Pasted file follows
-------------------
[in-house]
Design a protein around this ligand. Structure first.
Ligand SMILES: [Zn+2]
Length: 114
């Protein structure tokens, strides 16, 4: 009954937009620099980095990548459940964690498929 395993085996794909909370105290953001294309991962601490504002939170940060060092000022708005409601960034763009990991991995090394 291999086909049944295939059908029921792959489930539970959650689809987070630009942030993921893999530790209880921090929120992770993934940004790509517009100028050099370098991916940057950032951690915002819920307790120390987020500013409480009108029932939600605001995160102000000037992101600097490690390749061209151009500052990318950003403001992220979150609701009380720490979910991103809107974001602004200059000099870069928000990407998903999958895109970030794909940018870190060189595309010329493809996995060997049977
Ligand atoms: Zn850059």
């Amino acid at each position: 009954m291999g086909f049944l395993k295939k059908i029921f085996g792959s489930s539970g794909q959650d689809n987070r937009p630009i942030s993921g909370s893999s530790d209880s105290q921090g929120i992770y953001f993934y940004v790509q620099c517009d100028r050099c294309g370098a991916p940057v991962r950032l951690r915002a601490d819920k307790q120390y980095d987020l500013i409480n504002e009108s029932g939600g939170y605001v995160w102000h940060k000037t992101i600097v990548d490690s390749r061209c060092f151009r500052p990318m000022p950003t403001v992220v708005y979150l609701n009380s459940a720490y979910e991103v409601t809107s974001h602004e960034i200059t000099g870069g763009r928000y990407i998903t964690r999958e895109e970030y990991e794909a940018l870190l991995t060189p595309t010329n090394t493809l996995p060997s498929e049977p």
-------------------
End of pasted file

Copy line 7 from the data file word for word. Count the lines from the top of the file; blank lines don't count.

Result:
């Amino acid at each position: 009954m291999g086909f049944l395993k295939k059908i029921f085996g792959s489930s539970g794909q959650d689809n987070r937009p630009i942030s993921g909370s893999s530790d209880s105290q921090g929120i992770y953001f993934y940004v790509q620099c517009d100028r050099c294309g370098a991916p940057v991962r950032l951690r915002a601490d819920k307790q120390y980095d987020l500013i409480n504002e009108s029932g939600g939170y605001v995160w102000h940060k000037t992101i600097v990548d490690s390749r061209c060092f151009r500052p990318m000022p950003t403001v992220v708005y979150l609701n009380s459940a720490y979910e991103v409601t809107s974001h602004e960034i200059t000099g870069g763009r928000y990407i998903t964690r999958e895109e970030y990991e794909a940018l870190l991995t060189p595309t010329n090394t493809l996995p060997s498929e049977p």